The country's manufacturing sector grew slightly for the second month in a row in February after a big dip at the start of the year as Brexit and a third Covid-19 lockdown of the economy hit output and new orders.

The AIB IHS Markit manufacturing Purchasing Managers' Index (PMI) edged up to 52 from 51.8 in January.

This was above the 50 level that separates expansion from contraction but well down from December's reading of 57.2. 

Last month's reading was still far higher than the 36 recorded during the initial lockdown of the economy in April. The manufacturing sector has been allowed to operate during subsequent lockdowns. 

Output and new orders fell for the second month in a row while supply chains remained under severe pressure, with Britain's exit from the European Union's trading area widely cited as the main cause of delays.  

Rising administration and transport costs as a result of Brexit as well as upward pressure on raw materials prices are also generating more inflationary pressure, companies added.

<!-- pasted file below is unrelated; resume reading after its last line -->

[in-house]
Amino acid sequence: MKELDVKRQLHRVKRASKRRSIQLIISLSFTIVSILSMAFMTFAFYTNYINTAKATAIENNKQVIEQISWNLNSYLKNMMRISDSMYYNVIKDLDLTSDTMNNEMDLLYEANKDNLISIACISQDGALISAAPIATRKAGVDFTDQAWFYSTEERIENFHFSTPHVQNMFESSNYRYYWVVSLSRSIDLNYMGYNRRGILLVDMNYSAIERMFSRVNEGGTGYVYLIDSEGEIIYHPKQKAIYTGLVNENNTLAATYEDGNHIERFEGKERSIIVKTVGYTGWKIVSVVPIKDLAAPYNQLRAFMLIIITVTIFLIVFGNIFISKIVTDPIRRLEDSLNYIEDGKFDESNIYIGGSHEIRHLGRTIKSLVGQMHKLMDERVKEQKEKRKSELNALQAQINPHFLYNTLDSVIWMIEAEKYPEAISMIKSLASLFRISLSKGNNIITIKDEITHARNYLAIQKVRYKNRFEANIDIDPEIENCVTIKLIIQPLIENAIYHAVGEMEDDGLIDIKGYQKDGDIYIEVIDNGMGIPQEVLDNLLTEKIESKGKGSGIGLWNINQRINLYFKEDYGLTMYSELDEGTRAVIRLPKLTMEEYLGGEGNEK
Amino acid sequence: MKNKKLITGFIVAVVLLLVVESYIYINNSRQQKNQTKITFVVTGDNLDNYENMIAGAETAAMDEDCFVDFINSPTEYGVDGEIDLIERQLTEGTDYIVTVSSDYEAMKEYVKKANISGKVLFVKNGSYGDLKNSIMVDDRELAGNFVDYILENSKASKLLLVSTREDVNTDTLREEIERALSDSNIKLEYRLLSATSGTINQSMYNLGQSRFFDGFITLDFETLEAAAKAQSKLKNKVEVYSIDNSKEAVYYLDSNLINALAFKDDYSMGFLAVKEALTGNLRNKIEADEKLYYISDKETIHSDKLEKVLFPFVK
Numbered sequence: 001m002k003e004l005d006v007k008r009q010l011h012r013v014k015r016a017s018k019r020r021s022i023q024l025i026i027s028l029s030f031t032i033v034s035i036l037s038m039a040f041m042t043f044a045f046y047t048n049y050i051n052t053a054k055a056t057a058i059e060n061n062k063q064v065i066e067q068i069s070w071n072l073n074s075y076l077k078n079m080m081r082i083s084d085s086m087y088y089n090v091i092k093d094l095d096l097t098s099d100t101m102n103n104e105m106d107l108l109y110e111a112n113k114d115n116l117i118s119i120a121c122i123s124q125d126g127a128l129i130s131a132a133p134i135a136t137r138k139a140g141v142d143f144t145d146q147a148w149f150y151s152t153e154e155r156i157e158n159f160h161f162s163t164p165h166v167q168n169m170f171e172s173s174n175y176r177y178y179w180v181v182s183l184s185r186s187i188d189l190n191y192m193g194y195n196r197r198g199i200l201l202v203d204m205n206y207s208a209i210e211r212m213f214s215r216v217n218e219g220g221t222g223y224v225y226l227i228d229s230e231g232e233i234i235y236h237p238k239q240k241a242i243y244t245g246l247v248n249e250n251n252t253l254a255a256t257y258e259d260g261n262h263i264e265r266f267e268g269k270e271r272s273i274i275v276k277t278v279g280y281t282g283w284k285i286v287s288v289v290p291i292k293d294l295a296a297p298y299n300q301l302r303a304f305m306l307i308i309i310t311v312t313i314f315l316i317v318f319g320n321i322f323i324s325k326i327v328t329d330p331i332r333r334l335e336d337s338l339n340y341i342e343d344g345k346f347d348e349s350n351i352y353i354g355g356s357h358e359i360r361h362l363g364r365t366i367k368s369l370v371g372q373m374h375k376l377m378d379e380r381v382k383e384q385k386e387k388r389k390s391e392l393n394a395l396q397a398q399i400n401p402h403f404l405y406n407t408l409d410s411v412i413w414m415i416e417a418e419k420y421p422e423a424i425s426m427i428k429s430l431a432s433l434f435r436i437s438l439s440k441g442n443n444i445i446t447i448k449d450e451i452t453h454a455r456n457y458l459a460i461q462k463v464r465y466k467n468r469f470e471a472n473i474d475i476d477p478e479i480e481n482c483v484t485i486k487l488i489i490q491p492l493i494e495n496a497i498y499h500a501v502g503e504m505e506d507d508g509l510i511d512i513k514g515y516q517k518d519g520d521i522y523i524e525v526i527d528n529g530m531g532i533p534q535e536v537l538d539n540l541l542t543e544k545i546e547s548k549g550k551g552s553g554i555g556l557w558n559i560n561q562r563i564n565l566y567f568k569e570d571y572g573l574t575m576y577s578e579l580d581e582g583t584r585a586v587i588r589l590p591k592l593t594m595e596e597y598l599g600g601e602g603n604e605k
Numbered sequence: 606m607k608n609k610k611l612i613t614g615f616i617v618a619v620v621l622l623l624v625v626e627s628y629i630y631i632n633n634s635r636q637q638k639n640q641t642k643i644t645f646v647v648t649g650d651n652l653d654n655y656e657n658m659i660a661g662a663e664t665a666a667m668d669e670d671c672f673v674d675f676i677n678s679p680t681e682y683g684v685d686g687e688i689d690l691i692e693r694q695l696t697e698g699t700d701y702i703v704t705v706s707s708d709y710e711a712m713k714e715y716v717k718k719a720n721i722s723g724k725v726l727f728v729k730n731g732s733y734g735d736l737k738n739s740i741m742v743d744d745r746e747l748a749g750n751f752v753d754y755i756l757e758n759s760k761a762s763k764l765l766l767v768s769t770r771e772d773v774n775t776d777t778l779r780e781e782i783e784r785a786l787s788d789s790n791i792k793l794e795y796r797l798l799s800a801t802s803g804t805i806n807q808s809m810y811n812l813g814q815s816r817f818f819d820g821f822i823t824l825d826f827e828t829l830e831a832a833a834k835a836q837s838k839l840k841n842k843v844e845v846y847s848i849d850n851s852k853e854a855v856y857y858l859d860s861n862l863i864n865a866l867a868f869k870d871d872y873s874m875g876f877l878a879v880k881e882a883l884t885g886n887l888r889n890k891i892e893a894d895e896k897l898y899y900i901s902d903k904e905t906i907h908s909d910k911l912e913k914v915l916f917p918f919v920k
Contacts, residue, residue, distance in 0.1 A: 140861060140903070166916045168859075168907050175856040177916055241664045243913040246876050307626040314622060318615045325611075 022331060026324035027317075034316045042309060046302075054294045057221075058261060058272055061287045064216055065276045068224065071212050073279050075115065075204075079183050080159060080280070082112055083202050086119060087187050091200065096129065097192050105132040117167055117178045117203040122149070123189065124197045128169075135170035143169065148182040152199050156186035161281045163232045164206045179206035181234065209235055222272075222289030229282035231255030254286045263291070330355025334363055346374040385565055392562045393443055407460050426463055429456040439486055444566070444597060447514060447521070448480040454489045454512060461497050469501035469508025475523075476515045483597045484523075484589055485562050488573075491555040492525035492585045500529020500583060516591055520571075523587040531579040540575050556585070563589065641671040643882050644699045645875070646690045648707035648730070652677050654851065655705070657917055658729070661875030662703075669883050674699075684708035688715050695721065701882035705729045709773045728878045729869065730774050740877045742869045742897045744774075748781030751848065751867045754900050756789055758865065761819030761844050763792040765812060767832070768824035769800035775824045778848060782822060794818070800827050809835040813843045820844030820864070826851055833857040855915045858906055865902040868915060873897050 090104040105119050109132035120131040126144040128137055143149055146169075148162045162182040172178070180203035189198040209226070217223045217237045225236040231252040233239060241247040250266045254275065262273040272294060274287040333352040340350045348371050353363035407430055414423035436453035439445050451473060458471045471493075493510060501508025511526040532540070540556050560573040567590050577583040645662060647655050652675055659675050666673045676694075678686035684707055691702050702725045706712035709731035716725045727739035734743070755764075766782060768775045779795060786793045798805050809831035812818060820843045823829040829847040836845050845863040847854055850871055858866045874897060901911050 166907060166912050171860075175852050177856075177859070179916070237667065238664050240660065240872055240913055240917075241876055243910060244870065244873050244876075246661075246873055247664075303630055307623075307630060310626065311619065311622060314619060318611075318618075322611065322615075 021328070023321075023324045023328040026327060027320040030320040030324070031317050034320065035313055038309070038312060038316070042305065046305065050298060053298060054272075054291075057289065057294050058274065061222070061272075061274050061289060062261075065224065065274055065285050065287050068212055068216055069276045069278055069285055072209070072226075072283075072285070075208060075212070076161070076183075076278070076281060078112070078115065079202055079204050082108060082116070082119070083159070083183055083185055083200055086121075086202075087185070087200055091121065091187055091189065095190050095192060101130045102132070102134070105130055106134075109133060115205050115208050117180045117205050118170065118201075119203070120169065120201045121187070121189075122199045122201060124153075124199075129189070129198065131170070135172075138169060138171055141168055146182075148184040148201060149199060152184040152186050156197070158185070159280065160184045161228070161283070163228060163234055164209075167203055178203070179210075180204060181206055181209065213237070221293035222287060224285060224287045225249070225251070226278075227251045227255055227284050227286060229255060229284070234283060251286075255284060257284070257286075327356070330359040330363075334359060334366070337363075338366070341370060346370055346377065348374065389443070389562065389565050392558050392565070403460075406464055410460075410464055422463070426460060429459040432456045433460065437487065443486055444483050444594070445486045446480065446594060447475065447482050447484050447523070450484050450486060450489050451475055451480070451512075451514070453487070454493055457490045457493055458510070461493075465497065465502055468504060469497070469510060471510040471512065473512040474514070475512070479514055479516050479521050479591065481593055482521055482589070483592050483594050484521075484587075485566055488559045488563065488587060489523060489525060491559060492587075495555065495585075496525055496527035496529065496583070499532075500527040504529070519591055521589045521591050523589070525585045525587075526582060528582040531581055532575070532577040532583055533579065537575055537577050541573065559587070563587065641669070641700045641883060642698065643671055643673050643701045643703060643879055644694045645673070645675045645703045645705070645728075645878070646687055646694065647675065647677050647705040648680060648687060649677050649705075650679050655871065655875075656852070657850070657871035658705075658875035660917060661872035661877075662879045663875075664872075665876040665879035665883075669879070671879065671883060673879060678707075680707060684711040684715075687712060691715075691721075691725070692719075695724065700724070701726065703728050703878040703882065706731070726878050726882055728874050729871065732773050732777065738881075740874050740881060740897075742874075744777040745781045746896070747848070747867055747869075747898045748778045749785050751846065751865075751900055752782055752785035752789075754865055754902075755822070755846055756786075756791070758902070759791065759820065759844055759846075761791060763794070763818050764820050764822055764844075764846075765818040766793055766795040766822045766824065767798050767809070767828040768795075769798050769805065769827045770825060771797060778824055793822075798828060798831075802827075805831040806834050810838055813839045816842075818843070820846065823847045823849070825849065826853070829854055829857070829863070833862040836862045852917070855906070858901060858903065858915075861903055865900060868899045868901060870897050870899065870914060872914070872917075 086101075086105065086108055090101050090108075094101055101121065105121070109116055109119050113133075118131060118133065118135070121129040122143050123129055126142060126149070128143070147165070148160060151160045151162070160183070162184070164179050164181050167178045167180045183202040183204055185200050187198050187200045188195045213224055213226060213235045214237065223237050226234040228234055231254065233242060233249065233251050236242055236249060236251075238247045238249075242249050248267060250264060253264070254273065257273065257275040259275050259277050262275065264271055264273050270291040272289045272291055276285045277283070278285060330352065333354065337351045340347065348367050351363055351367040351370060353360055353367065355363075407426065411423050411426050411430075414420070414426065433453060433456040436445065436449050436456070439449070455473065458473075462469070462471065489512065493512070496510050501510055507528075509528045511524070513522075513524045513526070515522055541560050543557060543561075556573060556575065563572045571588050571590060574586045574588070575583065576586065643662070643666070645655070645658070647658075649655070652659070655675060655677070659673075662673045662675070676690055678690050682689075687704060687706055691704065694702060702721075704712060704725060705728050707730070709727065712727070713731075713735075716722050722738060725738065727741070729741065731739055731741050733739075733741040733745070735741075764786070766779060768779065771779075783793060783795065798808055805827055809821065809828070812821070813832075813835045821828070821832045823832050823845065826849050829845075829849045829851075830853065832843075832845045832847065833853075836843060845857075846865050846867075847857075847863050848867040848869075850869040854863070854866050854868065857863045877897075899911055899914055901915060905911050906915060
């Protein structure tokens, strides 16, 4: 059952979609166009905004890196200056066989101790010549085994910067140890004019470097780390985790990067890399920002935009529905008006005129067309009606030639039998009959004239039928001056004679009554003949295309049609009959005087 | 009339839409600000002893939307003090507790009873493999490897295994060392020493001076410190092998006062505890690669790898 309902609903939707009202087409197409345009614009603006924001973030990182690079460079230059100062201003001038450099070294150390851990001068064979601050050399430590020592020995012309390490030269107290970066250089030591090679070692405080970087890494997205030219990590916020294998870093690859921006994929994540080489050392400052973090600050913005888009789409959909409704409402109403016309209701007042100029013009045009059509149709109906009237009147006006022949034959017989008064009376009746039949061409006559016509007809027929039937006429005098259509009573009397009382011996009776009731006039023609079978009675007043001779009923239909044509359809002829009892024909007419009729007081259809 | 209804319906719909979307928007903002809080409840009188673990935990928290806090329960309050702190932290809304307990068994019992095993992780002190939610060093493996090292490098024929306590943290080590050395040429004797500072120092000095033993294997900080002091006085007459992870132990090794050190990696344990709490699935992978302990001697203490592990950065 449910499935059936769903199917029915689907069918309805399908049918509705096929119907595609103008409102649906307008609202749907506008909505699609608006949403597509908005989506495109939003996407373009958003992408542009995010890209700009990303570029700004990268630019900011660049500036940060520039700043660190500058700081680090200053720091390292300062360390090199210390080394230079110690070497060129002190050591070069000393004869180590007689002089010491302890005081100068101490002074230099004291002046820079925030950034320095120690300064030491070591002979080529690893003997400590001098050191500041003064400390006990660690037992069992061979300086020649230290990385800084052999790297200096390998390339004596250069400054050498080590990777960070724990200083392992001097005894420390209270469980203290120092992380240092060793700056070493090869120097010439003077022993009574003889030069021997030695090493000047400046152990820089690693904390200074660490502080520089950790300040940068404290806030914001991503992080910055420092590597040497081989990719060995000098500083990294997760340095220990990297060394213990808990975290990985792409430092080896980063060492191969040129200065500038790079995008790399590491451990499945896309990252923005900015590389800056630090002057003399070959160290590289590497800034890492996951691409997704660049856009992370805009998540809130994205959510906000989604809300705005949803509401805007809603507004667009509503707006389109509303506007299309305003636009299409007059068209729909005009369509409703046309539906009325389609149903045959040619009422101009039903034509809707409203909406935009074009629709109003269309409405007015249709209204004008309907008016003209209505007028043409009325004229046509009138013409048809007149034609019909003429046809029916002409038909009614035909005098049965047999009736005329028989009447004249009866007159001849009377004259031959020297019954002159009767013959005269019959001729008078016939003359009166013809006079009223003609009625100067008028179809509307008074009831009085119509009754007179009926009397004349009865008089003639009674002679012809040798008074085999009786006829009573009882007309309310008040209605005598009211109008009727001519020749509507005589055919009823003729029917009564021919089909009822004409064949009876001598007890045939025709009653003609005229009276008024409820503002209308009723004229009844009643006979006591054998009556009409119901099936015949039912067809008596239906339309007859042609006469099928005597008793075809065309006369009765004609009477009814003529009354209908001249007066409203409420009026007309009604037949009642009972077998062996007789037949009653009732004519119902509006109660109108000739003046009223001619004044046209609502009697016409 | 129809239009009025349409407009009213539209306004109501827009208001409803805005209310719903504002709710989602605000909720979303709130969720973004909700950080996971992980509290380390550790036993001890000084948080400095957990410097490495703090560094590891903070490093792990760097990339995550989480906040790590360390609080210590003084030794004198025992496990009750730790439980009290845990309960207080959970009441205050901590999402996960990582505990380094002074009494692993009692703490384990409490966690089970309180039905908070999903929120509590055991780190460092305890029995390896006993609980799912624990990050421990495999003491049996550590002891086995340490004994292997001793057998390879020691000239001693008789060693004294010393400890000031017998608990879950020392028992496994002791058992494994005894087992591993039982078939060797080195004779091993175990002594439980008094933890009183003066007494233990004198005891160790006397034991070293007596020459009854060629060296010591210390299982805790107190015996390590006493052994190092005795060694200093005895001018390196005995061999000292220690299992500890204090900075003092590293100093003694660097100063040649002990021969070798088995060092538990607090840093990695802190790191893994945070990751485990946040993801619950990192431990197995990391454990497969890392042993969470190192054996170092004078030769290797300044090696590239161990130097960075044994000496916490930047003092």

However, employment in the sector continued to rise and sentiment remained strong as firms looked beyond the crisis to a revival in demand later in 2021. 

"Tight Covid lockdown restrictions, both here and elsewhere, are creating a challenging backdrop for businesses, with firms reporting weak demand and thus falling new orders in Ireland and from the UK," AIB's chief economist Oliver Mangan said. 

"On a more positive note, firms expect the rollout of Covid vaccines to bring an improvement in economic conditions as lockdown restrictions are lifted during the course of the year," he added.